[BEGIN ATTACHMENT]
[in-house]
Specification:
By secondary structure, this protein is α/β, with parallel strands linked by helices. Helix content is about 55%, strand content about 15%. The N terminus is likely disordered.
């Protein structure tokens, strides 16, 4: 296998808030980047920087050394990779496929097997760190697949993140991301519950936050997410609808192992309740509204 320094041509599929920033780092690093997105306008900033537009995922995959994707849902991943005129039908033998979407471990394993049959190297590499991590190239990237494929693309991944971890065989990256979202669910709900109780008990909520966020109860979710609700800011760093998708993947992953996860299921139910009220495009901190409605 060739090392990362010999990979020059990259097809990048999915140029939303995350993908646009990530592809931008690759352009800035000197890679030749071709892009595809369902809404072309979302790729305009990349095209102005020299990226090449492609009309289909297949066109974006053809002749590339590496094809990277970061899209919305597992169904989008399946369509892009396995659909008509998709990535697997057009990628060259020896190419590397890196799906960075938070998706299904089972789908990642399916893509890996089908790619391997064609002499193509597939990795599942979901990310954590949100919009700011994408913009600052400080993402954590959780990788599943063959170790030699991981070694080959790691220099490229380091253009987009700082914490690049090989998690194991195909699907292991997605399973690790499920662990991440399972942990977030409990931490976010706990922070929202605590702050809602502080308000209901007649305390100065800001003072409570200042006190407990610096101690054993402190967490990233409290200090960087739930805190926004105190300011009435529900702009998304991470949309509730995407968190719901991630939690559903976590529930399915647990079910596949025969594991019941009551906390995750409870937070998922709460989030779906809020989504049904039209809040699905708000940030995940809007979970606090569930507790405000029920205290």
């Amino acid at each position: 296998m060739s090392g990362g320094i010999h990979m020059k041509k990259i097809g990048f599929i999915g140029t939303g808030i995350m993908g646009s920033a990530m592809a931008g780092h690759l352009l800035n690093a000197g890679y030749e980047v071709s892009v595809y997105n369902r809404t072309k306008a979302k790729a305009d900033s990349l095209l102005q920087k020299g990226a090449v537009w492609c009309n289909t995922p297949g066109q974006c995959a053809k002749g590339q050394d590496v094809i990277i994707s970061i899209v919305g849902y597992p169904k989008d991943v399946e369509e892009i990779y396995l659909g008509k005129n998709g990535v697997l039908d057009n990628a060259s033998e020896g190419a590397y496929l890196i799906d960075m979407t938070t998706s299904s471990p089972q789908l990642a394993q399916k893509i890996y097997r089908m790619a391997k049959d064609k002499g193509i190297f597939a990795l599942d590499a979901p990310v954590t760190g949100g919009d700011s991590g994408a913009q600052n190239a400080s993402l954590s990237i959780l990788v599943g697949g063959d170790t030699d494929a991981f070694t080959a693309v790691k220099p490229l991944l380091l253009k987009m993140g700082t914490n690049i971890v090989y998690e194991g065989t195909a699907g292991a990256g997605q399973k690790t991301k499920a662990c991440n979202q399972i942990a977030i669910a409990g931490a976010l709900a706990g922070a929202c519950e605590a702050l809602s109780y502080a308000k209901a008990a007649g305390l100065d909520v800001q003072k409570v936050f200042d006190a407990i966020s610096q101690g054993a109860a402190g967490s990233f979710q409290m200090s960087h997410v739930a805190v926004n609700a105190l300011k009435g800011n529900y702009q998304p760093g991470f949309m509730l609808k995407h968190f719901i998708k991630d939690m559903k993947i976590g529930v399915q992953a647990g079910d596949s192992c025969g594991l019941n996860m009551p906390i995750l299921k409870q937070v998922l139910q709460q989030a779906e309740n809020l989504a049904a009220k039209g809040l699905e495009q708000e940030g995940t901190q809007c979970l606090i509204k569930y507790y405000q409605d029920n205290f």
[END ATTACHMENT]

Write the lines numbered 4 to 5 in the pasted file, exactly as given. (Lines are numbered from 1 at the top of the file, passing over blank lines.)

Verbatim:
């Protein structure tokens, strides 16, 4: 296998808030980047920087050394990779496929097997760190697949993140991301519950936050997410609808192992309740509204 320094041509599929920033780092690093997105306008900033537009995922995959994707849902991943005129039908033998979407471990394993049959190297590499991590190239990237494929693309991944971890065989990256979202669910709900109780008990909520966020109860979710609700800011760093998708993947992953996860299921139910009220495009901190409605 060739090392990362010999990979020059990259097809990048999915140029939303995350993908646009990530592809931008690759352009800035000197890679030749071709892009595809369902809404072309979302790729305009990349095209102005020299990226090449492609009309289909297949066109974006053809002749590339590496094809990277970061899209919305597992169904989008399946369509892009396995659909008509998709990535697997057009990628060259020896190419590397890196799906960075938070998706299904089972789908990642399916893509890996089908790619391997064609002499193509597939990795599942979901990310954590949100919009700011994408913009600052400080993402954590959780990788599943063959170790030699991981070694080959790691220099490229380091253009987009700082914490690049090989998690194991195909699907292991997605399973690790499920662990991440399972942990977030409990931490976010706990922070929202605590702050809602502080308000209901007649305390100065800001003072409570200042006190407990610096101690054993402190967490990233409290200090960087739930805190926004105190300011009435529900702009998304991470949309509730995407968190719901991630939690559903976590529930399915647990079910596949025969594991019941009551906390995750409870937070998922709460989030779906809020989504049904039209809040699905708000940030995940809007979970606090569930507790405000029920205290």
């Amino acid at each position: 296998m060739s090392g990362g320094i010999h990979m020059k041509k990259i097809g990048f599929i999915g140029t939303g808030i995350m993908g646009s920033a990530m592809a931008g780092h690759l352009l800035n690093a000197g890679y030749e980047v071709s892009v595809y997105n369902r809404t072309k306008a979302k790729a305009d900033s990349l095209l102005q920087k020299g990226a090449v537009w492609c009309n289909t995922p297949g066109q974006c995959a053809k002749g590339q050394d590496v094809i990277i994707s970061i899209v919305g849902y597992p169904k989008d991943v399946e369509e892009i990779y396995l659909g008509k005129n998709g990535v697997l039908d057009n990628a060259s033998e020896g190419a590397y496929l890196i799906d960075m979407t938070t998706s299904s471990p089972q789908l990642a394993q399916k893509i890996y097997r089908m790619a391997k049959d064609k002499g193509i190297f597939a990795l599942d590499a979901p990310v954590t760190g949100g919009d700011s991590g994408a913009q600052n190239a400080s993402l954590s990237i959780l990788v599943g697949g063959d170790t030699d494929a991981f070694t080959a693309v790691k220099p490229l991944l380091l253009k987009m993140g700082t914490n690049i971890v090989y998690e194991g065989t195909a699907g292991a990256g997605q399973k690790t991301k499920a662990c991440n979202q399972i942990a977030i669910a409990g931490a976010l709900a706990g922070a929202c519950e605590a702050l809602s109780y502080a308000k209901a008990a007649g305390l100065d909520v800001q003072k409570v936050f200042d006190a407990i966020s610096q101690g054993a109860a402190g967490s990233f979710q409290m200090s960087h997410v739930a805190v926004n609700a105190l300011k009435g800011n529900y702009q998304p760093g991470f949309m509730l609808k995407h968190f719901i998708k991630d939690m559903k993947i976590g529930v399915q992953a647990g079910d596949s192992c025969g594991l019941n996860m009551p906390i995750l299921k409870q937070v998922l139910q709460q989030a779906e309740n809020l989504a049904a009220k039209g809040l699905e495009q708000e940030g995940t901190q809007c979970l606090i509204k569930y507790y405000q409605d029920n205290f």